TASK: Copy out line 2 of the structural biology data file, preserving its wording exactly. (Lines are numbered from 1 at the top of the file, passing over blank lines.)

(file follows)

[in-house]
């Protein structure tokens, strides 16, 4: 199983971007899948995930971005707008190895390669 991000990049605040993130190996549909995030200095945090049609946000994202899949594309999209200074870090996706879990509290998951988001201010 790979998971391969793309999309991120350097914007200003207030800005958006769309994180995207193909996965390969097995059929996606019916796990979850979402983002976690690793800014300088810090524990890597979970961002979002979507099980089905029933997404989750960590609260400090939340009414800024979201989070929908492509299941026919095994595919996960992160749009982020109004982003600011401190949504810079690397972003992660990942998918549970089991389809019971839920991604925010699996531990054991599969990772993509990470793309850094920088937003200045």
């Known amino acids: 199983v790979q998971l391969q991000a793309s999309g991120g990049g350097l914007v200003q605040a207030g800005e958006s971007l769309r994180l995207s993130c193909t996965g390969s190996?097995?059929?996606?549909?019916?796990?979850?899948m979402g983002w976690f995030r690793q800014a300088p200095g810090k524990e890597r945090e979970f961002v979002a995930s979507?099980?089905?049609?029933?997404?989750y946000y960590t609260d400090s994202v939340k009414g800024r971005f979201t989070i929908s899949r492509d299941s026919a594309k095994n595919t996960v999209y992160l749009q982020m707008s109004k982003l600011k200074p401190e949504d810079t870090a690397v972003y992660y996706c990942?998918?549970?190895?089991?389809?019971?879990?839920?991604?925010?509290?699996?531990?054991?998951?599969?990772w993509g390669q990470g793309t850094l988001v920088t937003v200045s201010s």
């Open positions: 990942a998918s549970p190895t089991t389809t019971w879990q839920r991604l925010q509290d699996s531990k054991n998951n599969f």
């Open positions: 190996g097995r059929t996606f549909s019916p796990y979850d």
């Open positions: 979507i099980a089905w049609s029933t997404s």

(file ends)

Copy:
């Protein structure tokens, strides 16, 4: 199983971007899948995930971005707008190895390669 991000990049605040993130190996549909995030200095945090049609946000994202899949594309999209200074870090996706879990509290998951988001201010 790979998971391969793309999309991120350097914007200003207030800005958006769309994180995207193909996965390969097995059929996606019916796990979850979402983002976690690793800014300088810090524990890597979970961002979002979507099980089905029933997404989750960590609260400090939340009414800024979201989070929908492509299941026919095994595919996960992160749009982020109004982003600011401190949504810079690397972003992660990942998918549970089991389809019971839920991604925010699996531990054991599969990772993509990470793309850094920088937003200045």